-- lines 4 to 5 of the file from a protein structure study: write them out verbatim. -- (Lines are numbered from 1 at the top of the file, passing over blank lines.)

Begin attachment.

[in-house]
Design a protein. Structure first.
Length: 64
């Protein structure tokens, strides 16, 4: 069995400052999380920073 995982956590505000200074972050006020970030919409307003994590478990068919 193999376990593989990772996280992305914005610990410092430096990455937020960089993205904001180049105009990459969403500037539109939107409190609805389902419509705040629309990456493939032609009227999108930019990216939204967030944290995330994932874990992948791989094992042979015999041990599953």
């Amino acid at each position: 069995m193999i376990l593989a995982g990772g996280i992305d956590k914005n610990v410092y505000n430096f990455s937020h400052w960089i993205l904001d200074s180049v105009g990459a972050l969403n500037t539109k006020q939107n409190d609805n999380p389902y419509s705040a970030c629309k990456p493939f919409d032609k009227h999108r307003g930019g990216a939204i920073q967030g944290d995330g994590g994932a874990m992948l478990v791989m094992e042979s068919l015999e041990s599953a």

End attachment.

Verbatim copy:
């Protein structure tokens, strides 16, 4: 069995400052999380920073 995982956590505000200074972050006020970030919409307003994590478990068919 193999376990593989990772996280992305914005610990410092430096990455937020960089993205904001180049105009990459969403500037539109939107409190609805389902419509705040629309990456493939032609009227999108930019990216939204967030944290995330994932874990992948791989094992042979015999041990599953």
């Amino acid at each position: 069995m193999i376990l593989a995982g990772g996280i992305d956590k914005n610990v410092y505000n430096f990455s937020h400052w960089i993205l904001d200074s180049v105009g990459a972050l969403n500037t539109k006020q939107n409190d609805n999380p389902y419509s705040a970030c629309k990456p493939f919409d032609k009227h999108r307003g930019g990216a939204i920073q967030g944290d995330g994590g994932a874990m992948l478990v791989m094992e042979s068919l015999e041990s599953a």